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Arthritis Care Res (Hoboken). 2010 Sep;62(9):1306-11. doi: 10.1002/acr.20192.

A national survey of Veterans Affairs rheumatologists for relevance of quality of care indicators for gout management.

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  • 1Birmingham VA Medical Center and University of Alabama, Birmingham, AL 45294, USA.



To determine the relevance of current gout quality indicators (QIs).


Members of the Veterans Affairs (VA) Rheumatology Consortium were invited to participate in an online survey and provide opinions (rank 0-10) regarding existing gout QIs. Opinions sought on each QI were 1) relevance to US veterans, 2) likelihood to improve gout care, and 3) ease of electronic capture. Participants were also asked to rank their top 3 gout QIs.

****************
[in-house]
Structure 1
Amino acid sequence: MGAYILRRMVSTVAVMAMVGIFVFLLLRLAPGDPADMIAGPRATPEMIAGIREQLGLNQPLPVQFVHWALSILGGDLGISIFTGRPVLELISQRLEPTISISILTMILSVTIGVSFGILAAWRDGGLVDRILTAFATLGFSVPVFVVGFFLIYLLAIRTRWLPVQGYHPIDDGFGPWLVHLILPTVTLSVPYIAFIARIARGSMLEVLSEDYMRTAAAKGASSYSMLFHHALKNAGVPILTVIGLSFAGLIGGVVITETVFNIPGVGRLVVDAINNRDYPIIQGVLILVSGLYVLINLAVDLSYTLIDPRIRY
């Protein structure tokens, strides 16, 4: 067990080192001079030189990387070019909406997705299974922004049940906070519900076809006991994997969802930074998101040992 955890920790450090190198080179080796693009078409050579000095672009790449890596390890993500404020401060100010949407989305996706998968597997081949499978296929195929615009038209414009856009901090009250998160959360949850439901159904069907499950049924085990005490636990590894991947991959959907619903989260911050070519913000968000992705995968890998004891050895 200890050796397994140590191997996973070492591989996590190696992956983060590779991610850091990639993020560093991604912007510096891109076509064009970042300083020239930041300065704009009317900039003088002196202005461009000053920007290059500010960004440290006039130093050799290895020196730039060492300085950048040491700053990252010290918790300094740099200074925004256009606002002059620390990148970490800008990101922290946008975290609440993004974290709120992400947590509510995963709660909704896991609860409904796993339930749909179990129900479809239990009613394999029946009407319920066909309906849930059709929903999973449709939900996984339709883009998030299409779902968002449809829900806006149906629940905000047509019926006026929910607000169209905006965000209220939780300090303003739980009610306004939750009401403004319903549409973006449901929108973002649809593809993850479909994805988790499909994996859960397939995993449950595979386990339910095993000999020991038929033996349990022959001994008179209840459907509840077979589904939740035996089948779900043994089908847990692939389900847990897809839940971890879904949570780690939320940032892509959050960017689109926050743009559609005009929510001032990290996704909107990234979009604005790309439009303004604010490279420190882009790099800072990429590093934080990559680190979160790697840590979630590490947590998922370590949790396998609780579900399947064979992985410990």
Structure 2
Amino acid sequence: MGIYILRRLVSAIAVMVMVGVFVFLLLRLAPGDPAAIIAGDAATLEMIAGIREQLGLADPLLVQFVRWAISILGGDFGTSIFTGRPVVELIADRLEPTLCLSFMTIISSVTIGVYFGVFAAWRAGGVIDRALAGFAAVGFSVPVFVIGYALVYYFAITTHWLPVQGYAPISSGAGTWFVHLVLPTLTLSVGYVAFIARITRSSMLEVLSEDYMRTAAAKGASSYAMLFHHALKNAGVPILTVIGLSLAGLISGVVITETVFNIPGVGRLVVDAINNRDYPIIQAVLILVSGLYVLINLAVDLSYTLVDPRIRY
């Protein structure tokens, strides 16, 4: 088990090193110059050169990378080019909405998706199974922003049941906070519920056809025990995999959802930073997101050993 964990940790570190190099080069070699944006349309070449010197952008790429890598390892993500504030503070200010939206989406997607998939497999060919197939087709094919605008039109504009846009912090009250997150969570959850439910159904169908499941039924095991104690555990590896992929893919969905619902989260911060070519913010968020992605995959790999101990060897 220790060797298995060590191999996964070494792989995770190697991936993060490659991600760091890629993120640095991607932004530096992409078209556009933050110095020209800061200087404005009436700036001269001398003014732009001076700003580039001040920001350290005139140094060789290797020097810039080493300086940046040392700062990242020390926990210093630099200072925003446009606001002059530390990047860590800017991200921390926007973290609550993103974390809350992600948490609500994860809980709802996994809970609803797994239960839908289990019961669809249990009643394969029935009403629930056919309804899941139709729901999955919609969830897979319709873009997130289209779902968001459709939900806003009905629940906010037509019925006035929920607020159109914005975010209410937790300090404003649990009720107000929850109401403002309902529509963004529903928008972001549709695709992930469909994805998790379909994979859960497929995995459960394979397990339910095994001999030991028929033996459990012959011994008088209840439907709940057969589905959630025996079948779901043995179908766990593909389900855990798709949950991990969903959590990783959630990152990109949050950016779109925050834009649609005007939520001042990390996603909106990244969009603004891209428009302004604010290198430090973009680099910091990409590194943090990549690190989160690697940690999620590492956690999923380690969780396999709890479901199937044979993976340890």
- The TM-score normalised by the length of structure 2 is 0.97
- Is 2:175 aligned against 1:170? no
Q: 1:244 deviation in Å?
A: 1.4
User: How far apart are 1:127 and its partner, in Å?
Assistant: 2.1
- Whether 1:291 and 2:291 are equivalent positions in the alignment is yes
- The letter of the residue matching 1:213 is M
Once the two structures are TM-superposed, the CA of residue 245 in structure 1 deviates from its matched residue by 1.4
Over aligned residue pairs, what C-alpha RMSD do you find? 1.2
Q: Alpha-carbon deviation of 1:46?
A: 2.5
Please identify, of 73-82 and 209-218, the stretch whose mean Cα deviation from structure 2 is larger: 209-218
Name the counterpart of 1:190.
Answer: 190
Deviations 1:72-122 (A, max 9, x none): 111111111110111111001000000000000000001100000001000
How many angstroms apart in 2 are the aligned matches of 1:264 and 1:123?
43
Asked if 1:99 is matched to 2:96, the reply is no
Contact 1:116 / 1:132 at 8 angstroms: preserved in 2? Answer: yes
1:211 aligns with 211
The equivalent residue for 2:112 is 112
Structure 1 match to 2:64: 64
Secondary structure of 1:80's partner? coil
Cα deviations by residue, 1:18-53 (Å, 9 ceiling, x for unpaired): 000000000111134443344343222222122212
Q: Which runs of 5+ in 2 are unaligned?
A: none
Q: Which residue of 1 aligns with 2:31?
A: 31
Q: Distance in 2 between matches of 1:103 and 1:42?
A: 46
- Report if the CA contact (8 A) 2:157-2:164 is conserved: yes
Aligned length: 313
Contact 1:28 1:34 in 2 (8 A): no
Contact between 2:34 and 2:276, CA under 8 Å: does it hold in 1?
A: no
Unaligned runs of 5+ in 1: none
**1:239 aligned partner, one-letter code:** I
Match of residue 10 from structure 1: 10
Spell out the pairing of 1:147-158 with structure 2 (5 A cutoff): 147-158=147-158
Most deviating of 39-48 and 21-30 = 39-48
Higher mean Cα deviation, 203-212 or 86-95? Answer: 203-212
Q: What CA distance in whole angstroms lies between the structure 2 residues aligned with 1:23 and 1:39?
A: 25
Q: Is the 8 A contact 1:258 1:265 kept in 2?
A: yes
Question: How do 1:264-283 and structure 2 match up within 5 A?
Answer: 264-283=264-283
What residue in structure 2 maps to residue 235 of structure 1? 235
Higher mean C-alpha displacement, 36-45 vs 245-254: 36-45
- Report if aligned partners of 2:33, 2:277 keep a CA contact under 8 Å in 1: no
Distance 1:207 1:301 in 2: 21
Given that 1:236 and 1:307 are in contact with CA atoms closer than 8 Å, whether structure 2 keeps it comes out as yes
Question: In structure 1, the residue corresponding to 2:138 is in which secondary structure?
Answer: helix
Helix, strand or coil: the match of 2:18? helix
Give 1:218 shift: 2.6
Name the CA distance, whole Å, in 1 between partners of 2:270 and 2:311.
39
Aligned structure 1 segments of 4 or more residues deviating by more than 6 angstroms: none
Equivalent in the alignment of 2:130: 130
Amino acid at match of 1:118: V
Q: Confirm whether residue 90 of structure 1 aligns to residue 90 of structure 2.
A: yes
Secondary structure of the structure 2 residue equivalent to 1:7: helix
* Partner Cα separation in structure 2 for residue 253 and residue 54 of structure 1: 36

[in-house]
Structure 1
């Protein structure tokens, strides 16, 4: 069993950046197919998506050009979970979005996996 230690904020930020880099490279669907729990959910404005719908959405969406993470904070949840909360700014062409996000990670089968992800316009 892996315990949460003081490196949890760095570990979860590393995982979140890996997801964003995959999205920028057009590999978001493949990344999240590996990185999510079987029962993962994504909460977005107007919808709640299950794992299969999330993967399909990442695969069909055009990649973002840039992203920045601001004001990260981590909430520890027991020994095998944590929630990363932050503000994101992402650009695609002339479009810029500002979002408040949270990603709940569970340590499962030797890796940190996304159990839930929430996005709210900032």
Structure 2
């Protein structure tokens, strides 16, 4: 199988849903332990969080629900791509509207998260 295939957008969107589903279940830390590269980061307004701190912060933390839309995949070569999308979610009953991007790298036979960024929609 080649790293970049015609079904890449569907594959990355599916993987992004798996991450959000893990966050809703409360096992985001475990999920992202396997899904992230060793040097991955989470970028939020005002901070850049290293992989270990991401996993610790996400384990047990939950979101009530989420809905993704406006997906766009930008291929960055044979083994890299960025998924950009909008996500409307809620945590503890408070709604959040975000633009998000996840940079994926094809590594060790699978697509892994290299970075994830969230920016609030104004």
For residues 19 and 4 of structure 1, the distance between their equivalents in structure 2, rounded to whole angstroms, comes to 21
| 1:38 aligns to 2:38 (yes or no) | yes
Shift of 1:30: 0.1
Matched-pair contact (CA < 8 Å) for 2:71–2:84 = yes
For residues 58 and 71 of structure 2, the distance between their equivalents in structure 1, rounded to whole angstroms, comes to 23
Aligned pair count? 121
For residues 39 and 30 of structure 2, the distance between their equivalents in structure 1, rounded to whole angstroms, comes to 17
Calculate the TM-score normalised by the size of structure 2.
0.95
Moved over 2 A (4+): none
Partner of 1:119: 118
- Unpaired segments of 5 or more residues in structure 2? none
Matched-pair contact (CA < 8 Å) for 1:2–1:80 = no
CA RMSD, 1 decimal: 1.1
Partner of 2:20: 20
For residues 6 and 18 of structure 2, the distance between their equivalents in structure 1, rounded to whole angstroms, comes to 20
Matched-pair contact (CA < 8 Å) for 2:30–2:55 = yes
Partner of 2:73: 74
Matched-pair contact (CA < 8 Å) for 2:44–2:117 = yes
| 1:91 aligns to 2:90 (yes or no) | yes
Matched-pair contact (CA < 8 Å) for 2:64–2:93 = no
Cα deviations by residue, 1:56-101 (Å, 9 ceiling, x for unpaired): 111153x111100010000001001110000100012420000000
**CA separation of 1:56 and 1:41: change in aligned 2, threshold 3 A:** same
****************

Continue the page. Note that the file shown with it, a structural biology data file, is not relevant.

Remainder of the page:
Participating VA rheumatologists were mainly men, with a mean age of 51.3 years, and experienced in the management of gout. All 10 gout QIs were considered relevant, with a score of 8.2 or higher. The initiation of urate-lowering therapy, monitoring of urate levels after initiation of urate-lowering therapy, and treatment of acute gout with antiinflammatory agents scored the highest with regard to likelihood of improving gout care, with the first 2 QIs also thought to be the most relevant. Adjustment of initial allopurinol dosing in patients with renal impairment and in those receiving concurrent azathioprine/6-mercaptopurine were perceived as the QIs most amenable to electronic capture. The top-ranked QIs were initiation of urate-lowering therapy with frequent gout attacks, serum urate monitoring after initiation of urate-lowering therapy, and adjustment of initial allopurinol dose to renal function.


In a national survey of VA rheumatologists, most gout QIs were thought to be highly relevant. QIs related to initiation of urate-lowering therapy, serum urate monitoring, and initial dosing of allopurinol were ranked the most important for veterans with gout.

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